Nine Inch Nails The Fragile & Korn Issues
Nine Inch Nails' "The Fragile" and Korn's "Issues" are reviewed to explain why these two hard rock albums are the best of 1999.
I believe the two best alternative abums of 1999 came neither from Kid Rock or Limp Bizkit, but from a darker side of the rock and roll genre. Nine Inch Nails' "The Fragile" and Korn's "Issues" I believe are two amazing albums of complexity and artistic strength that should be listened to by any hard rock fan.
For all of Trent Reznor's gloominess and relentless deprecation, one can not deny the fact that he is one of the most original artists in alternative rock. His latest double-disc album, "The Fragile" is an album of grand beauty and quiet desperation that is even more epic and daring then his previous album, "The Downward Spiral." While that album's essence was bombastic heavy metal riffs accompanied by twisted distortions, this album delicately showcases instrumental songs with beautiful piano melodies such as "La Mer" and "The Great Below", which the latter I believe is Reznor's most emotionally vulnerable song to date. Other songs like "Pilgrimage" and "We're in this Together Now" show Reznor's ability to mix thrash guitar riffs with undeniably good bass and drum melodies. "The Wretched" with its thunderous bass and desperate vocals is one of the most powerful songs that I have heard that deal with the popular alternative rock issue of alienation and dissolussion.
In terms of its emotional scope, "The Fragile" is similar to Pink Floyd's "The Wall" because it is another art rock epic that centers around lost love, alienation, and quiet desperation. Unlike Pink Floyd's tendency to express emotion within a single note, Trent Reznor crams synthesizer sounds, strange guitar notes, and grand drum machine melodies into the same song, which almost forces the listener to feel the negative emotions that he is trying to express. This is definetly a progressive rock album that I would still consider industrial rock, but all twenty three tracks on the album put together make it a distinct album that is too original to label into any musical sub genre. Even though the album was a commercial dissapointment, its critical acclaim and inevitable future influence will make it an album that people will remember.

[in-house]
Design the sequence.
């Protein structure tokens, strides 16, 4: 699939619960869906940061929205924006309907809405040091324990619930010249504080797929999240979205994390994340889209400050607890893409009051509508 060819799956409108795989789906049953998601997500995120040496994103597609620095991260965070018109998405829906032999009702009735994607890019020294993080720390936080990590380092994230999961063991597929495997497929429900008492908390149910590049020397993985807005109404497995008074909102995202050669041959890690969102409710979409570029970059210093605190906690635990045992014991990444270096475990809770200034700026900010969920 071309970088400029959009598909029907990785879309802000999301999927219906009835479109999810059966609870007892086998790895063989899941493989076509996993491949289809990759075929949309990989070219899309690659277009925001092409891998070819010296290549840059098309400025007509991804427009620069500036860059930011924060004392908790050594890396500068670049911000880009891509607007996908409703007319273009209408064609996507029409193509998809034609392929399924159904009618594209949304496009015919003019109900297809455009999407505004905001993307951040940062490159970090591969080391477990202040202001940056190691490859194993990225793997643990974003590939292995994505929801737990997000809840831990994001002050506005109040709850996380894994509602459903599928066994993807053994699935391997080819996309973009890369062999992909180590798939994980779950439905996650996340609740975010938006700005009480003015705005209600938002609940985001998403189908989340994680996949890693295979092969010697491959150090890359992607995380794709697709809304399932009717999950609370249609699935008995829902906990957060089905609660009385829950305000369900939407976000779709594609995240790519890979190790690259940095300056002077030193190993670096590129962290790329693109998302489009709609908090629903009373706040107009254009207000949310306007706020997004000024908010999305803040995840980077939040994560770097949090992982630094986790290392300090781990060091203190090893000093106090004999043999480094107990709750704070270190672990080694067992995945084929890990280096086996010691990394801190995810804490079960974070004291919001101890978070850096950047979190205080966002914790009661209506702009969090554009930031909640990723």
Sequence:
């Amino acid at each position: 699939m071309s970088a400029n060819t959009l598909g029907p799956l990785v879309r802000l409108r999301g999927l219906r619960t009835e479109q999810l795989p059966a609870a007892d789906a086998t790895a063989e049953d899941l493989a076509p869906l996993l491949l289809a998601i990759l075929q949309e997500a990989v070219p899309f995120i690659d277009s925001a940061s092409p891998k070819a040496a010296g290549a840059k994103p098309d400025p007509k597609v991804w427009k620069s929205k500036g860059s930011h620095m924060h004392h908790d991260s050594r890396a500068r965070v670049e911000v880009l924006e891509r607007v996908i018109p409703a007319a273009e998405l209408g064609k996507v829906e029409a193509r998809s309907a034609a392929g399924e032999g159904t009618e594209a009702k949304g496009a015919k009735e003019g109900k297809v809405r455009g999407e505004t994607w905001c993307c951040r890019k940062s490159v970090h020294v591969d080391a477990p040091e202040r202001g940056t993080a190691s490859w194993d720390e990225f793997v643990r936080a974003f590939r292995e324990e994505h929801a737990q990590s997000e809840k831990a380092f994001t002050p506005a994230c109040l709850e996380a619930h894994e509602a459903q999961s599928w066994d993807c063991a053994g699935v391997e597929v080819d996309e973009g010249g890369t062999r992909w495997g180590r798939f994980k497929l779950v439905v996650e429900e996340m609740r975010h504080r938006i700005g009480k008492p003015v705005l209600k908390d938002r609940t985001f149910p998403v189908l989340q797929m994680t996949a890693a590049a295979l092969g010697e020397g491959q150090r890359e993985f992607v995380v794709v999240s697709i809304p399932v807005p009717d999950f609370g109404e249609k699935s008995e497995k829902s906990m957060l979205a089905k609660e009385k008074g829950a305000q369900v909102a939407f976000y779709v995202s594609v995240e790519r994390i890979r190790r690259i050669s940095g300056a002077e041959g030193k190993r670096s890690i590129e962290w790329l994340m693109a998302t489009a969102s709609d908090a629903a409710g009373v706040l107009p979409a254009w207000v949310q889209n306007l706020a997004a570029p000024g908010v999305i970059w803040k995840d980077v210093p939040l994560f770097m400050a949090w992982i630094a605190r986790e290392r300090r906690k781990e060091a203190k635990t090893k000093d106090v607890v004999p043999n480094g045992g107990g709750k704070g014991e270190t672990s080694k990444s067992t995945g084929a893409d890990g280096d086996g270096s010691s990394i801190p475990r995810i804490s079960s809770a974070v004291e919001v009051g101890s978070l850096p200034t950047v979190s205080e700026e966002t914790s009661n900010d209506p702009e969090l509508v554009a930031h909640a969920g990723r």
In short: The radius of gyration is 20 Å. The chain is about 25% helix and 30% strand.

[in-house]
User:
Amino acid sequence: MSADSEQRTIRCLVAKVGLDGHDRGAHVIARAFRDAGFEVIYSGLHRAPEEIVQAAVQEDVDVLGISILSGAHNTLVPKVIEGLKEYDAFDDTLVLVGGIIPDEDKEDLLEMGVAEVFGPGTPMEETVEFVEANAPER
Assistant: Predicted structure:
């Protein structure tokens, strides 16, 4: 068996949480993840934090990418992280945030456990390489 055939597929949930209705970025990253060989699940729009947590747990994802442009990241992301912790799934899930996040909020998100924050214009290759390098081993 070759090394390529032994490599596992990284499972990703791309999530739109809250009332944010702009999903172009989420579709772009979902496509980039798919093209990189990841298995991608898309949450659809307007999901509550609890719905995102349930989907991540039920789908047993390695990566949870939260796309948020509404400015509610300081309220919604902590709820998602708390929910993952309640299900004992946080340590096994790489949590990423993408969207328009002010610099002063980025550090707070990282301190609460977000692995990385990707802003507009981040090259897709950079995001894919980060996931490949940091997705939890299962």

Korn's "Issues" is an album that is hard, heavy, and dark from flesh to bone. Although the critics lambast the lead singer Jonathon Davis for being obssesed with the "issues" of his traumatic childhood, one can not deny the fact that that he is pretty good at expressing his own uncontrollable rage. On Korn's previous album "Follow the Leader", Davis switched back and forth from singing in predictable hardcore howl and rapping aggressively. On this album he uses more vocal distortions and high pitch vocals to increase the emotional energy of the music between Korn's signature two-guitar attack. On songs like "Falling Away From Me" and "Dirty", ambient like sounds are used to increase the emotional power and tension of such songs. The energy faulters a little on songs like "It's Gonna Go Away" and "Am I Going Crazy", but these short songs serve as a kind of suspense of the inevitable heavy onslaught that Korn always brings. "Make Me Bad" is a great track that consists of great twisting vocals and an incredible drum beat. The track "Counting" features a bridge that seems more like something that is taken from a Nine Inch Nails' record instead of your usual hardcore heavy metal. It's the little things like that that make the album great. In a genre that has become incredibly predictable with its rap metal and aggressive nonsense vocals, Korn has created an album that shows their courage and willingness to challenge themselves as artists. I wouldn't be suprised if Jonathon Davis never stopped singing about his childhood abuse, but as long as he continues to use his voice as an instrument of anger and desperation it doesn't seem like he will run of out energy anytime soon.